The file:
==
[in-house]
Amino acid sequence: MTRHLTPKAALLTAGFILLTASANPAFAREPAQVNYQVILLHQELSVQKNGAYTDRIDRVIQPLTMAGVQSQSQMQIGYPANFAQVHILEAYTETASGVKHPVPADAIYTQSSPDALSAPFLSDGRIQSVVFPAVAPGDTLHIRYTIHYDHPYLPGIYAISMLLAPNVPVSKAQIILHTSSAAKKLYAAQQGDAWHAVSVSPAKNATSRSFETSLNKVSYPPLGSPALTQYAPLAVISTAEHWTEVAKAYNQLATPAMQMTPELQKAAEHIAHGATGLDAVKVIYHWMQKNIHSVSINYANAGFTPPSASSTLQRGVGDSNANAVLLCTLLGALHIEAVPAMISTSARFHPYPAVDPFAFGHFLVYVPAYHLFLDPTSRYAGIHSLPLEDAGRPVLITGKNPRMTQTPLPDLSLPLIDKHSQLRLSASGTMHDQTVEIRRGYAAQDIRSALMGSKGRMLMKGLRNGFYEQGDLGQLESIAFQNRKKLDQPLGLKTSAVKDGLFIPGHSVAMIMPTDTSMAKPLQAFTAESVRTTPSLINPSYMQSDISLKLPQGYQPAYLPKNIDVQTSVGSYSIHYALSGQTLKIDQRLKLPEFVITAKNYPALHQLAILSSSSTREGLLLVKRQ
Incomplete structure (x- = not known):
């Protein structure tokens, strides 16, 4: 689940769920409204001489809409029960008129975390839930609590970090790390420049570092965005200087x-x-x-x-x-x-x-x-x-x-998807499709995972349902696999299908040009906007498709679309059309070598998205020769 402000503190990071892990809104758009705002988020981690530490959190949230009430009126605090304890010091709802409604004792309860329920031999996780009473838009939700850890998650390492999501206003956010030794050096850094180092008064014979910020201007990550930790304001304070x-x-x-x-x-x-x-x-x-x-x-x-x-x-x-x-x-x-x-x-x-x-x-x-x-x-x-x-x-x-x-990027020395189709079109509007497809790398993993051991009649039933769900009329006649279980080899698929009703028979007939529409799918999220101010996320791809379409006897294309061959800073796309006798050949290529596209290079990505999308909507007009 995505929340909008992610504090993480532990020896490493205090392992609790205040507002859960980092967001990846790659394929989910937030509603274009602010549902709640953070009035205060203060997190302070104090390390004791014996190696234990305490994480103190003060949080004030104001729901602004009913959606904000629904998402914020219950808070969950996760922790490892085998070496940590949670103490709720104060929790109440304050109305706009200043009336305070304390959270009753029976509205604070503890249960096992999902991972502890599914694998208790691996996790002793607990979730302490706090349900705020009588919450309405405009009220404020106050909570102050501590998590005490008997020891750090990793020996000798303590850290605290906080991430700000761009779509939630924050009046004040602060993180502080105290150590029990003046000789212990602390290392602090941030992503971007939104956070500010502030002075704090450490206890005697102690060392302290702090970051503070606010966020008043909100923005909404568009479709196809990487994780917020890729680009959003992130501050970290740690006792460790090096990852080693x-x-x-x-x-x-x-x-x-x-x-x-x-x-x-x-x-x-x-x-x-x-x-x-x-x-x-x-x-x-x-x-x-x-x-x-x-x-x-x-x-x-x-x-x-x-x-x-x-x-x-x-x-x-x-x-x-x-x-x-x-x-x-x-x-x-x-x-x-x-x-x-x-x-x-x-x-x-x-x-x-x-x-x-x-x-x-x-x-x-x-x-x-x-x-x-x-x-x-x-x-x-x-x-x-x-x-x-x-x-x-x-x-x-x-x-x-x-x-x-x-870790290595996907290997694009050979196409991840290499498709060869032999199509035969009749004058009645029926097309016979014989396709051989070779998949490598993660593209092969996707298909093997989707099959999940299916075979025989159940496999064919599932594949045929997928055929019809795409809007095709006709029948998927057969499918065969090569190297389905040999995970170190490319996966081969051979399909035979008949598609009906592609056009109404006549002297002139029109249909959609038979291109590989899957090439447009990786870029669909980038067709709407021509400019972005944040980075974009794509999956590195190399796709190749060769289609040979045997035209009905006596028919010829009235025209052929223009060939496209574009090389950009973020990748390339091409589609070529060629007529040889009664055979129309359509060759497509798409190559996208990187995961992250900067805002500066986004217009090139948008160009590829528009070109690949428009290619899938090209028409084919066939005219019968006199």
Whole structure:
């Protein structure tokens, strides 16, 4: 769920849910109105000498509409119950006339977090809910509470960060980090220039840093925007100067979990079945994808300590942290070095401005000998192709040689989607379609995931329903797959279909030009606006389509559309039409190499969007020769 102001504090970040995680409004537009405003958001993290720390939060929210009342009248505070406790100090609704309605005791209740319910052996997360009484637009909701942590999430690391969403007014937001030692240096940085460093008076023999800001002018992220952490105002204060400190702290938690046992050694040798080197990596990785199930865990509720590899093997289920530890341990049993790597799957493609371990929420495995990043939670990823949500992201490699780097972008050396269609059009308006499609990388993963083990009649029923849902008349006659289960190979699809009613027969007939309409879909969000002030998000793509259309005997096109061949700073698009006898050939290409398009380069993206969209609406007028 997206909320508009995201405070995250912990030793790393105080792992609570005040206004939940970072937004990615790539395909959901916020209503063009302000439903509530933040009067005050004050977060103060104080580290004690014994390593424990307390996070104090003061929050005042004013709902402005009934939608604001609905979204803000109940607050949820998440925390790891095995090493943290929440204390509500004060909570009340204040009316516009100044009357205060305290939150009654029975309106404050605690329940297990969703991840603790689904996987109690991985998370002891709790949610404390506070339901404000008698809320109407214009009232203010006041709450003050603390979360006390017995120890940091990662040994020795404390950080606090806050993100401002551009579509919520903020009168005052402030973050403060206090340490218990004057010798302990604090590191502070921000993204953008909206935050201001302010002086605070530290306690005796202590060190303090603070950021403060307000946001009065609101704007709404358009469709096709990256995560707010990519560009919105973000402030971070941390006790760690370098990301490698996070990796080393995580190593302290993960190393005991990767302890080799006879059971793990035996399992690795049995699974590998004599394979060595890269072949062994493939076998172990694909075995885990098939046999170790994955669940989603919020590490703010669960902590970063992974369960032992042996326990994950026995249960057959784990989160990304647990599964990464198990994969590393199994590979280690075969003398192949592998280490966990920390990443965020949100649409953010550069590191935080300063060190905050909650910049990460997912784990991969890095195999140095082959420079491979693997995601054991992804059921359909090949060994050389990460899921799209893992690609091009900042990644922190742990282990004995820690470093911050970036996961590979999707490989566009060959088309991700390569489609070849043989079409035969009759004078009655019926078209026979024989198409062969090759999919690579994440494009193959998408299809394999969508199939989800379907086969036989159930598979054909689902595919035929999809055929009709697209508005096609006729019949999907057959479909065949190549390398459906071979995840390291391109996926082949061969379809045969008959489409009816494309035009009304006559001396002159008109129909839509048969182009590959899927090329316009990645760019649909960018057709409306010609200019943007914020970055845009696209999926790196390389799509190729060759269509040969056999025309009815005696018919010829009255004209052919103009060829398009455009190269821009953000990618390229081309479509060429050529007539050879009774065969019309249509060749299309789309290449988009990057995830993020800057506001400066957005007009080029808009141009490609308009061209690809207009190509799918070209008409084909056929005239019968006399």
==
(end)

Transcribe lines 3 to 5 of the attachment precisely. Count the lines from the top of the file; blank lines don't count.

Incomplete structure (x- = not known):
């Protein structure tokens, strides 16, 4: 689940769920409204001489809409029960008129975390839930609590970090790390420049570092965005200087x-x-x-x-x-x-x-x-x-x-998807499709995972349902696999299908040009906007498709679309059309070598998205020769 402000503190990071892990809104758009705002988020981690530490959190949230009430009126605090304890010091709802409604004792309860329920031999996780009473838009939700850890998650390492999501206003956010030794050096850094180092008064014979910020201007990550930790304001304070x-x-x-x-x-x-x-x-x-x-x-x-x-x-x-x-x-x-x-x-x-x-x-x-x-x-x-x-x-x-x-990027020395189709079109509007497809790398993993051991009649039933769900009329006649279980080899698929009703028979007939529409799918999220101010996320791809379409006897294309061959800073796309006798050949290529596209290079990505999308909507007009 995505929340909008992610504090993480532990020896490493205090392992609790205040507002859960980092967001990846790659394929989910937030509603274009602010549902709640953070009035205060203060997190302070104090390390004791014996190696234990305490994480103190003060949080004030104001729901602004009913959606904000629904998402914020219950808070969950996760922790490892085998070496940590949670103490709720104060929790109440304050109305706009200043009336305070304390959270009753029976509205604070503890249960096992999902991972502890599914694998208790691996996790002793607990979730302490706090349900705020009588919450309405405009009220404020106050909570102050501590998590005490008997020891750090990793020996000798303590850290605290906080991430700000761009779509939630924050009046004040602060993180502080105290150590029990003046000789212990602390290392602090941030992503971007939104956070500010502030002075704090450490206890005697102690060392302290702090970051503070606010966020008043909100923005909404568009479709196809990487994780917020890729680009959003992130501050970290740690006792460790090096990852080693x-x-x-x-x-x-x-x-x-x-x-x-x-x-x-x-x-x-x-x-x-x-x-x-x-x-x-x-x-x-x-x-x-x-x-x-x-x-x-x-x-x-x-x-x-x-x-x-x-x-x-x-x-x-x-x-x-x-x-x-x-x-x-x-x-x-x-x-x-x-x-x-x-x-x-x-x-x-x-x-x-x-x-x-x-x-x-x-x-x-x-x-x-x-x-x-x-x-x-x-x-x-x-x-x-x-x-x-x-x-x-x-x-x-x-x-x-x-x-x-x-870790290595996907290997694009050979196409991840290499498709060869032999199509035969009749004058009645029926097309016979014989396709051989070779998949490598993660593209092969996707298909093997989707099959999940299916075979025989159940496999064919599932594949045929997928055929019809795409809007095709006709029948998927057969499918065969090569190297389905040999995970170190490319996966081969051979399909035979008949598609009906592609056009109404006549002297002139029109249909959609038979291109590989899957090439447009990786870029669909980038067709709407021509400019972005944040980075974009794509999956590195190399796709190749060769289609040979045997035209009905006596028919010829009235025209052929223009060939496209574009090389950009973020990748390339091409589609070529060629007529040889009664055979129309359509060759497509798409190559996208990187995961992250900067805002500066986004217009090139948008160009590829528009070109690949428009290619899938090209028409084919066939005219019968006199």
Whole structure: